Vietnamese Pottery – thousand years of ups and downs
Part 1: Dawn of the ages.
Potter is one of the earliest occupations in Vietnamese history. Bestowed with numerous rivers and streams all across the length of this S-shaped country, which provides abundant material for pottery making, about a dozen of pottery villages have spruced up in Vietnam and some still exist until today.
More often than not, pottery villages are located near rivers, this age-old craft is tightly linked with rice-growing culture. Initially, farmers took to making pottery in off-season, gradually from these farmers emerged those who turned to pottery making as a life-long occupation. They left behind the rice paddies and committed themselves to clay, to the turntable, to fire and kiln. These potters, these artisans played a role in establishing the history of this traditional craft.
Stonewares have appeared in Vietnam since the Stone Age, with specimens found in Thanh Hóa, Nghệ An, Lạng Sơn that dated back to the intermediate period between Stone Age and Bronze Age. These artefacts are crude, mixed with sand and seashells, they are hand built and decorated with simple geometric patterns. From the early days, potters have managed to use bamboo basket moulds to achieve tall and wide lips items. This left a rather interesting criss-cross pattern on the pottery surface.
If you ever have the chance to visit Bàu Trúc pottery village, you will see artisans there “grill” their products in a fire pit, this is the most primitive way to fire pottery which dates back from Stone Age. Pottery after being shaped from clay and let dry will be put in a pit filled with wood and straw to fire. This method of firing can only reach up to 700oC and the final products are still earthenware and can absorb water.
Approximately 4000 years ago, which was Bronze Age in Vietnam, pottery has gradually developed beyond just pots and crocks. Artisans began making ceramic ornaments or jewellery. This period saw some innovation in the craft, colored clay is used as an outer coat to add vibrancy, the designs and patterns also show similiarities to contemporary bronzeware’s motif. In addition, potters can now build some make-shift kilns for firing. These were often made of clay; to maintain higher heat, some kilns were also made by digging into the a hillside. However, make-shift kiln is not durable, they will collapse or break down over time and need to be replace with new ones. This type of temporary kiln in still in use today by the Thai ethnic group in Mường Chanh, Sơn La province.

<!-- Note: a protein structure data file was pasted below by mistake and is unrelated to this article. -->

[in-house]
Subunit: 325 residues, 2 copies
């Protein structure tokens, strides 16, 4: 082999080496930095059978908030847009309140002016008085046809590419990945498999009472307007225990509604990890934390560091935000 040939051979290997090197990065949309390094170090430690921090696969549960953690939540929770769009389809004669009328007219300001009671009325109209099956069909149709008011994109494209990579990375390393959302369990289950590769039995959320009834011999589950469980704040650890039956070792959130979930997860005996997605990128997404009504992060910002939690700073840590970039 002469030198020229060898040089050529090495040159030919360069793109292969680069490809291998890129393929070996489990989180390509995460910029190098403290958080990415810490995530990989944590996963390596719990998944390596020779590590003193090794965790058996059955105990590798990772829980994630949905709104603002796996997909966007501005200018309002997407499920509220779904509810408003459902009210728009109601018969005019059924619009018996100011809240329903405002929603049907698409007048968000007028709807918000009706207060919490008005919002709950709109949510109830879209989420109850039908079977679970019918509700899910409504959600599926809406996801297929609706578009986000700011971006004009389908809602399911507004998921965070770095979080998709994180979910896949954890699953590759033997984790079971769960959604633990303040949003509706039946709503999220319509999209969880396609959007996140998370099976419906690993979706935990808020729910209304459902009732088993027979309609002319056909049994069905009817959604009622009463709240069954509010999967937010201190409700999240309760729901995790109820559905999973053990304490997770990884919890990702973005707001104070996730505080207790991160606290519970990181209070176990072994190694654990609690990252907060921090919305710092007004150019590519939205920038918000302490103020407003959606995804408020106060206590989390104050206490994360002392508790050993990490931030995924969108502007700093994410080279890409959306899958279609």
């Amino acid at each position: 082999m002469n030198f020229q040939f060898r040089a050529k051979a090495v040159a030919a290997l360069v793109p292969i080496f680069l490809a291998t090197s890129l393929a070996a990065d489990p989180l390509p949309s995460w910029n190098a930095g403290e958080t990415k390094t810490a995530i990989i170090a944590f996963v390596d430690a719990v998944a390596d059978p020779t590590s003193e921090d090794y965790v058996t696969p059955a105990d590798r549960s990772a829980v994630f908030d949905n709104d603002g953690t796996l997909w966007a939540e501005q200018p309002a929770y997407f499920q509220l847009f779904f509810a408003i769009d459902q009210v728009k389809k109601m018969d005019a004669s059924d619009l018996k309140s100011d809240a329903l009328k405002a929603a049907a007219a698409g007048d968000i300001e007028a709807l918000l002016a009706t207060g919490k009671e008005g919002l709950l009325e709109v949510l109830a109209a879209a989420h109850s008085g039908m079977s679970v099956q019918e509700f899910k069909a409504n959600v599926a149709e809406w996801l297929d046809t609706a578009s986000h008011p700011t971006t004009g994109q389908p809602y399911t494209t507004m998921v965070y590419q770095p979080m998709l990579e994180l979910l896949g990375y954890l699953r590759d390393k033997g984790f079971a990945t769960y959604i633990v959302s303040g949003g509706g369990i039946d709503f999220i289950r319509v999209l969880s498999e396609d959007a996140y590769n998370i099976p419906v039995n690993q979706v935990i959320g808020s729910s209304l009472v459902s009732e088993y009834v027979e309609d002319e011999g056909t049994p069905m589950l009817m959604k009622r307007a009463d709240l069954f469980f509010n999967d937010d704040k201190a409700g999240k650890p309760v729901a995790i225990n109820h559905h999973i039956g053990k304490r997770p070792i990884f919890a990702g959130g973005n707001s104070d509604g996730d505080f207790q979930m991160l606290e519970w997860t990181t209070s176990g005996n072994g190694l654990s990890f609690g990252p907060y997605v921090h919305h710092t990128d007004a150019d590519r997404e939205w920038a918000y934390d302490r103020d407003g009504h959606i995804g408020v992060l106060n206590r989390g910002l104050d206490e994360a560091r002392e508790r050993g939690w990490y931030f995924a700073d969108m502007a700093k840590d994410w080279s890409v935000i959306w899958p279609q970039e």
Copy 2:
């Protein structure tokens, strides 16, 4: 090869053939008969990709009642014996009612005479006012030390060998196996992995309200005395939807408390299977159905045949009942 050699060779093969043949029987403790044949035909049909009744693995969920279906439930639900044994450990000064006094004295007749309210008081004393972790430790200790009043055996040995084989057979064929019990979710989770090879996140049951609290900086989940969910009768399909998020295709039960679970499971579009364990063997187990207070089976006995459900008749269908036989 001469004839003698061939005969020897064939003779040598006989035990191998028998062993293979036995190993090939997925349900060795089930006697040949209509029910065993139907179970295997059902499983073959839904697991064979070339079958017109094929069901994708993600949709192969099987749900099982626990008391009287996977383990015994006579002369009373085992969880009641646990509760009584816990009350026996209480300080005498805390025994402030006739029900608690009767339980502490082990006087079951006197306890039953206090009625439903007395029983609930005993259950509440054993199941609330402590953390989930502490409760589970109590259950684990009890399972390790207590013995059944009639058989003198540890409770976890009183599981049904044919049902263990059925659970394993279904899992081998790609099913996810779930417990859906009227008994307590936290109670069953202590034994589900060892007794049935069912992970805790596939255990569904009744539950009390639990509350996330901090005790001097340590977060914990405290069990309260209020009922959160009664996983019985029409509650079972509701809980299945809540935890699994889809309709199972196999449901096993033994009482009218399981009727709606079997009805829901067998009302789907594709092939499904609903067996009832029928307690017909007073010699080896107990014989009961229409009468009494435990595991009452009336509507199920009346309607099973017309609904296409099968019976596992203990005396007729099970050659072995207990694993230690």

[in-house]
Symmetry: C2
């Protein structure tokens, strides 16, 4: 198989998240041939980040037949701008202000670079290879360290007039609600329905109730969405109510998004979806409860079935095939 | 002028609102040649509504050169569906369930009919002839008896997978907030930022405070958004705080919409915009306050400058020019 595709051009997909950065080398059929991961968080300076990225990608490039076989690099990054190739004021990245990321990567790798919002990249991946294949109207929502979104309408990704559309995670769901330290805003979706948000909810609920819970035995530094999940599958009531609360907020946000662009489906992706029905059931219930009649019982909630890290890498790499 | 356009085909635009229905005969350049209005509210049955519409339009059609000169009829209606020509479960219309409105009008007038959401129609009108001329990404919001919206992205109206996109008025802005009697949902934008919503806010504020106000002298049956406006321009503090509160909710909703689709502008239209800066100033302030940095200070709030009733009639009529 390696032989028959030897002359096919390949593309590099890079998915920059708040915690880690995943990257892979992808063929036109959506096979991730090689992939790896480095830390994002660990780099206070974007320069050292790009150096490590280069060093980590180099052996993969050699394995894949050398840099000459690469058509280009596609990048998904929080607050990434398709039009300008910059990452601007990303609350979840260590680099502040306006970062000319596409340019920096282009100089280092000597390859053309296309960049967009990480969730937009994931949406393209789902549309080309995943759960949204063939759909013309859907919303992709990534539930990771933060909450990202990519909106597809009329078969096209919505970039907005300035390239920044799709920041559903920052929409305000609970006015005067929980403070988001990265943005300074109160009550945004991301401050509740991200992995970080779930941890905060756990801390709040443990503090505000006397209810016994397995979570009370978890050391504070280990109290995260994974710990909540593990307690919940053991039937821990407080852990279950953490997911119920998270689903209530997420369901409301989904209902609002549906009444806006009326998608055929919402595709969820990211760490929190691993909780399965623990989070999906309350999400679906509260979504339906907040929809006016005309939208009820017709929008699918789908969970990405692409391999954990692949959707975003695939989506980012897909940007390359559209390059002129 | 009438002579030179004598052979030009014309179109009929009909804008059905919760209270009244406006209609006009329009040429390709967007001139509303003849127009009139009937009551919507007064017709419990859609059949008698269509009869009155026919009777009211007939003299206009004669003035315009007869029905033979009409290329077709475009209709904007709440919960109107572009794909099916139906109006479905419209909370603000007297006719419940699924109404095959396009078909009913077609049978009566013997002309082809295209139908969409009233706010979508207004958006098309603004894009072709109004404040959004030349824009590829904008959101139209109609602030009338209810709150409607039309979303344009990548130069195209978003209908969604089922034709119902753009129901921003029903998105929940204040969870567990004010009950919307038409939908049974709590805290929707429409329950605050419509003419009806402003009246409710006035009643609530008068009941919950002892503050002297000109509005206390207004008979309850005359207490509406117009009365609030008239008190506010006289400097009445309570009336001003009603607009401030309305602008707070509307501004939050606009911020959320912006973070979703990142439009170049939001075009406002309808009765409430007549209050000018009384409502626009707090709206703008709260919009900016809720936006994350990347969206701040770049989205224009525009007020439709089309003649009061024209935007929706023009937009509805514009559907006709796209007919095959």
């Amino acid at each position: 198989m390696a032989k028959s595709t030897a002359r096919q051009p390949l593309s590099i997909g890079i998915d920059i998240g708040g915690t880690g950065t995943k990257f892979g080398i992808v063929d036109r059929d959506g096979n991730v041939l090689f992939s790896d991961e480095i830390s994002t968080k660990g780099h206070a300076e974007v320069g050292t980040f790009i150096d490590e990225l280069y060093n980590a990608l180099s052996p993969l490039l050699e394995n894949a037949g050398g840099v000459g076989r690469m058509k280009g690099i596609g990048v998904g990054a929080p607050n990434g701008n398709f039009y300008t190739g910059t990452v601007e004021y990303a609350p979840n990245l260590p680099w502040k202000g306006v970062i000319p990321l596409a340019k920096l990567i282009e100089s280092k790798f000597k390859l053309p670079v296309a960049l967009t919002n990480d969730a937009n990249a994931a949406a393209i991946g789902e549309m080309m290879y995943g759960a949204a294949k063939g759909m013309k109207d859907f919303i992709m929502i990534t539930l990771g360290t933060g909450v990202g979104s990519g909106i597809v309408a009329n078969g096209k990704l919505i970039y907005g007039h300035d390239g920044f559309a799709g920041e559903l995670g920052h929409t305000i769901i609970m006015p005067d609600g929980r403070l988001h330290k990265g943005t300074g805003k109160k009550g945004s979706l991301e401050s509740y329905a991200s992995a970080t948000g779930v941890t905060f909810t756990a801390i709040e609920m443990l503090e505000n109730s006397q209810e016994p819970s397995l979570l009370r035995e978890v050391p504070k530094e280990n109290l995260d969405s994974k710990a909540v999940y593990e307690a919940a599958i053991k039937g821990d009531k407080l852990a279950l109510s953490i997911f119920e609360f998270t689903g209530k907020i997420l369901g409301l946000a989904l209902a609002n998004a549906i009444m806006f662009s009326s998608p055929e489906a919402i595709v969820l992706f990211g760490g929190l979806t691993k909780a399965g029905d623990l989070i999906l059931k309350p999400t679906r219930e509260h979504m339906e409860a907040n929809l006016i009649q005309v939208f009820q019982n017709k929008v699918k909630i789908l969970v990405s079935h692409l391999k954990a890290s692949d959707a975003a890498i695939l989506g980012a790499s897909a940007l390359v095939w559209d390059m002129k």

Approaching Iron Age, Vietnamese pottery still remained in the form of earthenware, albeit with more extensive production capacity. Many pottery establishments have formed and male labours play a key role in production.
On to the thousand years of China domination of Vietnam, with feudal Han’s policy of systematic cultural assimilation, Chinese culture infiltrated every aspect of life, including art crafts such as ceramics. In spite of that, Vietnamese put up stubborn resistance and covertly preserve local traditions. Though acquiring many ceramic techniques from the Chinese, native potters still upheld Vietnamese heritage and essence through indigenous themes and designs. This period of time also witnessed the appearance of enamel coating ceramics.
Sturdier kilns are developed which allows high heat firing. Ceramics fired in high heat are weather resistant, hence building materials such as roof tiles and air bricks also emerged.
(Next: The golden age – Lý-Trần Dynasty ceramics)